Build to Rent: what’s in a name?

June 4, 2019 / By  

Since arriving from the UK to join JLL in November 2018, I have been amazed at how often clients and colleagues have discussed the emerging Build to Rent (BTR) sector here in New Zealand. Perhaps this is unsurprising though with NZ seeing the lowest proportion of homeowners (63.2%) in 2017 since 1951 (61.2%).

For me, selfishly, BTR has become a great, though largely unexpected, part of my new property adventure in NZ. Having spent the last 10 years as a UK BTR and large-scale residential investment specialist analyst, valuer and commentator, it has never been an easy road for the industry. As I left Britain, it really felt BTR was getting there. We see good quality homes being built by highly reputable financial institutions, providing a clear boost for the UK’s rental community. Coming to NZ (solely in respect of BTR I might add), has felt a bit like stepping into Doc Brown’s DeLorean and going Back to the Future; déjà vu has never felt so real.

It is immediately obvious that we have a very long way to go with BTR in NZ, but, irrespective, the potential is certainly very exciting indeed. From my viewpoint, we get the chance to iron out a lot of the frustrating inefficiencies in the sector’s development at the start of the process, rather than during it (as seen in the UK) if we play our cards right. What a great opportunity.

Yet, the cautionary tale we all are keenly aware of in the property industry around the world is undoubtedly full of buzzwords and sound bites. Commentary often includes phrases such as markets being ‘bullish’ or ‘bearish’, discussions about significant advances in ‘Proptech’ or the critical difference between ‘e-tailing’ and ‘entertailing’. The continual stream of new ways to describe and repackage crucial aspects of our ever-evolving markets is as certain as the post summer holidays’ February increase in market activity. It is crucial BTR does not become a hollow buzzword.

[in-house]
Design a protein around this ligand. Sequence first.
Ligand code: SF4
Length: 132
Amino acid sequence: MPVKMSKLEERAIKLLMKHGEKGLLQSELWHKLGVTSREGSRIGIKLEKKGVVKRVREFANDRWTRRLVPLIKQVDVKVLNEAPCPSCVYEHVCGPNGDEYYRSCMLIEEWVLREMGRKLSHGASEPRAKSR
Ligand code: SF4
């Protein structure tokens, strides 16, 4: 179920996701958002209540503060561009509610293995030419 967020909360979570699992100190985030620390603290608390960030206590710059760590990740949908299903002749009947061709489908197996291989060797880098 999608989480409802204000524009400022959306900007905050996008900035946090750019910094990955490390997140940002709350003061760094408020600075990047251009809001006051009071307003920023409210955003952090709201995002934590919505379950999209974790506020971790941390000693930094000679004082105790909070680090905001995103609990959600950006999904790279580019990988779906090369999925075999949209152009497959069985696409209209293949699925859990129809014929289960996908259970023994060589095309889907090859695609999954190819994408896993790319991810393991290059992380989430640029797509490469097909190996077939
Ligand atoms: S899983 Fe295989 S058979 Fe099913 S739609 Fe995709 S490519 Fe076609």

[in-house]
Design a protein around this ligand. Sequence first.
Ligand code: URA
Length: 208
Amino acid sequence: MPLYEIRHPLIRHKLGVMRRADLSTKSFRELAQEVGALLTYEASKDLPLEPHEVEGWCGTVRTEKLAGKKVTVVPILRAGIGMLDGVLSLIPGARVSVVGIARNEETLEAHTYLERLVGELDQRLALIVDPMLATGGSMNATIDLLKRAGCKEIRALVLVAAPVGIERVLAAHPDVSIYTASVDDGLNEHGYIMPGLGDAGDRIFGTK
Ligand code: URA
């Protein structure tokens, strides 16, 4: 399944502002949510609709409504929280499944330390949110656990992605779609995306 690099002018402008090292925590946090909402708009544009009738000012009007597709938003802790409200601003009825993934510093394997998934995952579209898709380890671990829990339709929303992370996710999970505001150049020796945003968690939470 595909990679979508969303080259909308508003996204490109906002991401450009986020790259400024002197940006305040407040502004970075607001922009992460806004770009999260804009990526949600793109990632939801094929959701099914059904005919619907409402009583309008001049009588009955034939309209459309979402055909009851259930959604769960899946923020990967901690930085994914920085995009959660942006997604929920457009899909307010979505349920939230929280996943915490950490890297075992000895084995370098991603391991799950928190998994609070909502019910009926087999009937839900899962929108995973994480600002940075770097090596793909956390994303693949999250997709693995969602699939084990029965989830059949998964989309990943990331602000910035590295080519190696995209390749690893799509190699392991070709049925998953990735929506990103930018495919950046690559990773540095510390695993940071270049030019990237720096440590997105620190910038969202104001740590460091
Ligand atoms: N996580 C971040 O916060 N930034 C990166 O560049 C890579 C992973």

BTR, as an increasingly used phrase in the press and at conferences, must not be allowed to develop into a buzzword to describe the latest fashion in the market or, worse, for all forms of modern rental housing.

Such a scatter-gun approach is unhelpful and the key question of ‘what’s in a name?’ must not be brushed off lightly. In the UK, the phrase ‘BTR’ has over time, come to describe a specific form of residential property and investment class. It is defined through assets being owned by a certain investor pool, a focus on quality, durability and delivery, and is purposely fueled by exceptional customer service goals. It also seeks to realign the landlord and tenant relationship towards a beneficial partnership and has its own carefully crafted bespoke valuation methodology. It sees an active asset and property management structure and offer being the first, rather than last consideration. BTR should never only be considered as just more residential property available for rent; it should represent a different product offer with a wholly different customer focus.

Yet going the other way, I would caution the NZ industry confusing ‘BTR’ with ‘multifamily housing’ which is so prevalent and successful as an investment sector in the USA. Multi-family housing and BTR certainly share key characteristics and are undoubtedly related – but multifamily housing is a mature residential asset class, well known by investors and consumers alike, is often amenity fueled and to a scale of units we would only dream of in NZ.

If we want to focus on a fit for purpose model here in New Zealand, BTR in the UK would be the more appropriate industry to look for as an initial blueprint.

I freely and openly admit to anyone that I am passionate about Build to Rent and its prospects for helping solve the Housing Crisis that we find ourselves in presently. Significant work still needs to be done to encourage the stars to align and it is folly to assume it will be a rapid or straightforward development process. Yet, while I do not consider that BTR in isolation is the solution to any housing crisis; I strongly believe that BTR should be part of the solution for every housing crisis.

I am looking forward to providing the NZ market with regular updates in this space as this becomes a more and more important sector of our housing market.

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